Trial of 2017 parliament bureau members comes to an end
5 former MPs argue that preventing debates on independence in chamber would have been 'censorship'
The trial of four parliament bureau members and a far-left CUP MP during the 2017 independence push came to an end early on Friday afternoon after three sessions.
Former MPs Lluís Corominas, Ramona Barrufet, Lluís Guinó, and Anna Simó face possible 20-month disqualifications from public office – but not jail – and 30,000 euro fines, as requested by the public prosecutor, as does former far-left CUP MP, Mireia Boya, who is also accused.
Corominas, Barrufet, Guinó, and Simó are in the dock for having allowed a debate and vote on several motions and bills related to the independence push while bureau members.
Boya, meanwhile, is on trial for her contribution to the independence push that peaked in the referendum that took place October 1, 2017 without Spain's permission, and the declaration of independence in parliament four weeks later.
"Rights and freedoms"
At the conclusion of the trial Boya said she did not fear a possible conviction for disobedience because "it is about something much bigger, dignified and legitimate: people's rights and freedoms," adding that "ideological freedom and the right to political initiative will have been violated" if indeed found guilty.
Simó's lawyer, Raimon Tomàs, said the proceedings amounted to judging "whether parliamentary activity can be censored" by a court.
Other bureau members
Other members of the bureau were called as witnesses. José María Espejo-Saavedra from the unionist Ciudadanos party said the pro-independence members should have assessed the content of the initiatives in contention.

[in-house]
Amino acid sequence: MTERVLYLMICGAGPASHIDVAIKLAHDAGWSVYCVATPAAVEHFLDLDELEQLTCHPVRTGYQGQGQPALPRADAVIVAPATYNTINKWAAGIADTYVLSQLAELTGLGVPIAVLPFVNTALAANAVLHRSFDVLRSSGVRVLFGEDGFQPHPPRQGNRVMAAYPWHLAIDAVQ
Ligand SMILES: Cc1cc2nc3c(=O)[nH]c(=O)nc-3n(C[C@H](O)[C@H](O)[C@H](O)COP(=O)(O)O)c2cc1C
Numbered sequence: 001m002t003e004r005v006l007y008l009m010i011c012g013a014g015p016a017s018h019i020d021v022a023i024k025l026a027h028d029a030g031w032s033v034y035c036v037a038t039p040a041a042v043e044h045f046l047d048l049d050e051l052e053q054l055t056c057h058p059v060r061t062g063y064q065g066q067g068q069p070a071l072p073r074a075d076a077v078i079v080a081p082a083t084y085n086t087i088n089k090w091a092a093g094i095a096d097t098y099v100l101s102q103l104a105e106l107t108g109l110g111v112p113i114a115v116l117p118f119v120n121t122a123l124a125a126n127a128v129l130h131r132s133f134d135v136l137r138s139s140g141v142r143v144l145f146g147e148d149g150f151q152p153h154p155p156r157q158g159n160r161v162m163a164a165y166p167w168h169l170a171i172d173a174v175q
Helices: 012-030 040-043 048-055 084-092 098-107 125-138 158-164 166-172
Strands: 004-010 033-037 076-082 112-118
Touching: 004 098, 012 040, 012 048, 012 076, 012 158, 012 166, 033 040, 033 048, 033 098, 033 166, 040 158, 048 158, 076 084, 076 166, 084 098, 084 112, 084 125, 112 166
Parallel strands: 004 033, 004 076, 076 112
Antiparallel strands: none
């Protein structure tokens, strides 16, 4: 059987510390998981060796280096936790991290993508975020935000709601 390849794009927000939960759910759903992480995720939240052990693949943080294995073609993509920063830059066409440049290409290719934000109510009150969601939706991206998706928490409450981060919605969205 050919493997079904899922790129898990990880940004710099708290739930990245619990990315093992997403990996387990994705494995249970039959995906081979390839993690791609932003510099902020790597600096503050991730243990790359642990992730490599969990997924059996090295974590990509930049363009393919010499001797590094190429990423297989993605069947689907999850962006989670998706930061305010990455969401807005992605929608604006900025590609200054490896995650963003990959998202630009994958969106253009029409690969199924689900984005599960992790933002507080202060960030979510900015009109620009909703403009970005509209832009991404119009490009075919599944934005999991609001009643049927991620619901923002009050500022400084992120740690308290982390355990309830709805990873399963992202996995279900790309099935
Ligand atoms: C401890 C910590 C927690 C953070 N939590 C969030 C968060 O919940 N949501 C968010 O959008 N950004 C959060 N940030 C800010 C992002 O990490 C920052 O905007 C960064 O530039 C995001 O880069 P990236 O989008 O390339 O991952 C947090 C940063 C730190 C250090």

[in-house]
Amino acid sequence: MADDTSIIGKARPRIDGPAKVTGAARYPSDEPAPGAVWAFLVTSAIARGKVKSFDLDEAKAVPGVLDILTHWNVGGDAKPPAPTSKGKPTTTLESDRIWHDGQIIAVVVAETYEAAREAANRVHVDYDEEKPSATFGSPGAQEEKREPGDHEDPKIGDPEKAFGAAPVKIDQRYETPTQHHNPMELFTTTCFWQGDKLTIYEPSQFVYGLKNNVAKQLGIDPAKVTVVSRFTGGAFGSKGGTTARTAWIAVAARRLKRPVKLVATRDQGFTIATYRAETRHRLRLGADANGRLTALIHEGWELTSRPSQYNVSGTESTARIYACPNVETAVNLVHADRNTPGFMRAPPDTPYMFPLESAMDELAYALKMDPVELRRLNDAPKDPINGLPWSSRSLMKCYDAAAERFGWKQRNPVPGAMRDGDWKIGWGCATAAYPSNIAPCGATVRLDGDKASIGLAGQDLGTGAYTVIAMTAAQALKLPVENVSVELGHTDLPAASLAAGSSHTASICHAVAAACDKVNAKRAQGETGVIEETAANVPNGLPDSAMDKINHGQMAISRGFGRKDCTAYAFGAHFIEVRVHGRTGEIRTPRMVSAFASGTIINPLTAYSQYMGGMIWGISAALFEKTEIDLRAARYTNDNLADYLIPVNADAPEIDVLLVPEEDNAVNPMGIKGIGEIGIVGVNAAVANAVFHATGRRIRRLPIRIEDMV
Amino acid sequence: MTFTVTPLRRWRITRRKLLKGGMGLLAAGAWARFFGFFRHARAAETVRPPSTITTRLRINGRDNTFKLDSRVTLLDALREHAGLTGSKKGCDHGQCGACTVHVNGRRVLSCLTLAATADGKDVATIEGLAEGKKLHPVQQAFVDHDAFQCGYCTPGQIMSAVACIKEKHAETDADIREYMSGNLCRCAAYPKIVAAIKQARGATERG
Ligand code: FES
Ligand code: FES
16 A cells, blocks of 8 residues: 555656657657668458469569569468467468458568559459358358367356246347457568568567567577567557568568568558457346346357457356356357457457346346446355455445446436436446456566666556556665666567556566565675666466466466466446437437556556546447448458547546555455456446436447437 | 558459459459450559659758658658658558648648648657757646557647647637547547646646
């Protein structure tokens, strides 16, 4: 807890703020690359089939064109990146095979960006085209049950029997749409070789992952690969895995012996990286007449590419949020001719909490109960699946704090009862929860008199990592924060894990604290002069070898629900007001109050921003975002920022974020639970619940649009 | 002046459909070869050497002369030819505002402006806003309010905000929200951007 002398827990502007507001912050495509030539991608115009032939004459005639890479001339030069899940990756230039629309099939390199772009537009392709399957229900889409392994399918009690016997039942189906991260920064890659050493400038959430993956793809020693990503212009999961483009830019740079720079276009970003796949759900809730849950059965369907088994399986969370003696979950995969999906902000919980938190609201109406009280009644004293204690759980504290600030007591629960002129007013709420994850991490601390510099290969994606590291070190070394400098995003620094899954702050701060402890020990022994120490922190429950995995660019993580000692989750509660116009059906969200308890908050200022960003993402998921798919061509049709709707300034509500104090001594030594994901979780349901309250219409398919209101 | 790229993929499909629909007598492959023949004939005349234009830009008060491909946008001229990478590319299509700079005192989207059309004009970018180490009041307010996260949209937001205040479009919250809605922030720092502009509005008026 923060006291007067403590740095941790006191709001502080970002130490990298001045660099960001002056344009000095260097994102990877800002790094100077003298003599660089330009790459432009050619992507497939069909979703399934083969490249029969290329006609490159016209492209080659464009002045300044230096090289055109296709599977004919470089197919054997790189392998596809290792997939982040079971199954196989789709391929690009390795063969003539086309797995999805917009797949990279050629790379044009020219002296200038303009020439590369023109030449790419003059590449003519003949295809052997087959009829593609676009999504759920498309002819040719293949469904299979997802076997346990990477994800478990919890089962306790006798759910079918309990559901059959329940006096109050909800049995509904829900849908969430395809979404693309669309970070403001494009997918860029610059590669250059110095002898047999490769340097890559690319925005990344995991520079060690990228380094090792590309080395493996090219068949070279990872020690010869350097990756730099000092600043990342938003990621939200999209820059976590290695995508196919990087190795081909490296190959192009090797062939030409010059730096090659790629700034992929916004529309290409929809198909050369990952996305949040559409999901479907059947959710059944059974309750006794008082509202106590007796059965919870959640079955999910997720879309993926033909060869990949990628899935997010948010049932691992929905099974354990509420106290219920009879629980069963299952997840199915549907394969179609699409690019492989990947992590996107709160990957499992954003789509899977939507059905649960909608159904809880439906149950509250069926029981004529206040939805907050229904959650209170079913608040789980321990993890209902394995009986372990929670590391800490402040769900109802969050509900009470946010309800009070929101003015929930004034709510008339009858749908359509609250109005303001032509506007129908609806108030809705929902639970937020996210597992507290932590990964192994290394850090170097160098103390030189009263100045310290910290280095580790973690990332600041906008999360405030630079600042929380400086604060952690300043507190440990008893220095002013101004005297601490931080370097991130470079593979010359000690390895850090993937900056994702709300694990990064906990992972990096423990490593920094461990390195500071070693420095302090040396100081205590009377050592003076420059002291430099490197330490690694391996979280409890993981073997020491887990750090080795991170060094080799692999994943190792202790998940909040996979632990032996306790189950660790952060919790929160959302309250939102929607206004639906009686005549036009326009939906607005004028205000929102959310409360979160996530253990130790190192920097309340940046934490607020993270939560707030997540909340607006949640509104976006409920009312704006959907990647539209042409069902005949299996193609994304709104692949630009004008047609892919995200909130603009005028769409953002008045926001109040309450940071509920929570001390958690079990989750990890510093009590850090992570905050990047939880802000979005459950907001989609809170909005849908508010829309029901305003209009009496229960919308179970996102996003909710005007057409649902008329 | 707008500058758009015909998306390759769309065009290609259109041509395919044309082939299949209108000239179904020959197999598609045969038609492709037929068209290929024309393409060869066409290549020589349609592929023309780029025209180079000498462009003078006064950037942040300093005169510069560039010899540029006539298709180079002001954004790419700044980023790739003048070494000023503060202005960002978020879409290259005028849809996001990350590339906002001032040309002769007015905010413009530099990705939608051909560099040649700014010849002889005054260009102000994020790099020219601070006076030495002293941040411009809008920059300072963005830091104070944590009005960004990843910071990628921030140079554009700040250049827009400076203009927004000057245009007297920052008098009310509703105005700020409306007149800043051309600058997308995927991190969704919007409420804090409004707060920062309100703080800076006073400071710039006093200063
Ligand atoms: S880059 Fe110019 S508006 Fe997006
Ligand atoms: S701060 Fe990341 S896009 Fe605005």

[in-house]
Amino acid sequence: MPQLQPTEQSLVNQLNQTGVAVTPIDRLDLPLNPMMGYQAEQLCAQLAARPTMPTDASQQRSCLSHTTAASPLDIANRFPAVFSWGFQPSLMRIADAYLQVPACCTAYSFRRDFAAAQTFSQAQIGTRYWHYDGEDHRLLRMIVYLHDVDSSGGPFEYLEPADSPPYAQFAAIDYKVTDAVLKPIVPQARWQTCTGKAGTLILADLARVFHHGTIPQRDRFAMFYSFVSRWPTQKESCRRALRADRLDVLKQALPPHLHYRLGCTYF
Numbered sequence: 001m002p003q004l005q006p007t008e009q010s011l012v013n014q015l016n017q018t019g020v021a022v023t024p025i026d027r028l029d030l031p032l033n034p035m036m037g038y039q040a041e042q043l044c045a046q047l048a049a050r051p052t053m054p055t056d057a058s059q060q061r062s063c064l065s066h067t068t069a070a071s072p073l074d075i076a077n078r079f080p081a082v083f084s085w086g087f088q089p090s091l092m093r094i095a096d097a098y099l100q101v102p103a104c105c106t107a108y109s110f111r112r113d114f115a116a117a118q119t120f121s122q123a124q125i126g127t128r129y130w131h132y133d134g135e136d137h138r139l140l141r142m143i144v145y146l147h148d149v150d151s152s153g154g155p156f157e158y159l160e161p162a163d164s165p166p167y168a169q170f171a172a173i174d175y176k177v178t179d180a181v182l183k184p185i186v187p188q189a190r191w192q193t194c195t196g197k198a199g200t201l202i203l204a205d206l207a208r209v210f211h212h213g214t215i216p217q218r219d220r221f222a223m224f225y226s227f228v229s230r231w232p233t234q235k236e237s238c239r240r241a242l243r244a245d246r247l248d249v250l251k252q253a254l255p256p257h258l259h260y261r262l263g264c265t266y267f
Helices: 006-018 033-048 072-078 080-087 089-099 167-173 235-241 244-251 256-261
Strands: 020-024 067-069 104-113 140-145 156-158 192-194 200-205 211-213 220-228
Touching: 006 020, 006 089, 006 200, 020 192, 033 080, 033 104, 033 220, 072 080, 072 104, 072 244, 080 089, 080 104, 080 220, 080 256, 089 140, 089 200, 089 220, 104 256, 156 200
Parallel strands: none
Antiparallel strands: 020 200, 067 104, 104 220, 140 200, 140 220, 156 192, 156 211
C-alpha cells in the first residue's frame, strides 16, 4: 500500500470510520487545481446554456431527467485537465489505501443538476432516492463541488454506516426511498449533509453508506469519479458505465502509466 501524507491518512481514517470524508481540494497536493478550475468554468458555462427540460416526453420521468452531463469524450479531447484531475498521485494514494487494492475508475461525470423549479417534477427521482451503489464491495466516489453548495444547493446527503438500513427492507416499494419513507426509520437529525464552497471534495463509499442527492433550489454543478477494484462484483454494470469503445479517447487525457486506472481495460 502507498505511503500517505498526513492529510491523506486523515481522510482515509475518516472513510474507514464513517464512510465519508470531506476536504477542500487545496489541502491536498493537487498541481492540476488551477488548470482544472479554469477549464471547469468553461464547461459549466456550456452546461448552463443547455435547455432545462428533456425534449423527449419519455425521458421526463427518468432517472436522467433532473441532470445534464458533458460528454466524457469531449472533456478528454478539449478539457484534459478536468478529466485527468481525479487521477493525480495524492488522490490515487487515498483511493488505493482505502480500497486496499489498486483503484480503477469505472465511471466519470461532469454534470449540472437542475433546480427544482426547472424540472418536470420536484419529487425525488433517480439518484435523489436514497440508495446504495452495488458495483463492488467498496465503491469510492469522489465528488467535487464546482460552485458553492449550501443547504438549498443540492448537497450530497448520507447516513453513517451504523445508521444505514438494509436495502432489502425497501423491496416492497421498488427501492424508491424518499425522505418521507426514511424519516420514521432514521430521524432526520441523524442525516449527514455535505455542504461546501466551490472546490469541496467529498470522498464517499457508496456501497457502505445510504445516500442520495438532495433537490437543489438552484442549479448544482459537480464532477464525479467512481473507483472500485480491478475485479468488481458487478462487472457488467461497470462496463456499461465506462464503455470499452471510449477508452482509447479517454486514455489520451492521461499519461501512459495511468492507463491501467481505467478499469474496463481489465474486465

The Socialists' David Pérez said the bureau must stop initiatives that are "openly unconstitutional", and that he did "everything possible" to prevent some proposals from reaching parliament session.
The officials in charge of the chamber's legal services at that time admitted that usually the bureau should not assess the content of the initiatives, but it is supposed to act if it is aware that they are against any decision of the Constitutional Court. And they admitted that Spain's top judges had sent warnings as early as 2014.
The witnesses called by the defense, most of whom were also senior MPs at that time, explained that they also took part in submitting pro-independence motions to the bureau, like Mireia Boya, but were never warned or prosecuted.
"Unilateralism and illegality"
The prosecutor Pedro Ariche said that the pro-independence politicians on trial "renounced dialogue in favor of unilateralism and illegality" while members of the bureau, were "biased" in their interpretation of parliamentary rules, and should have heeded Constitutional Court warnings against their actions.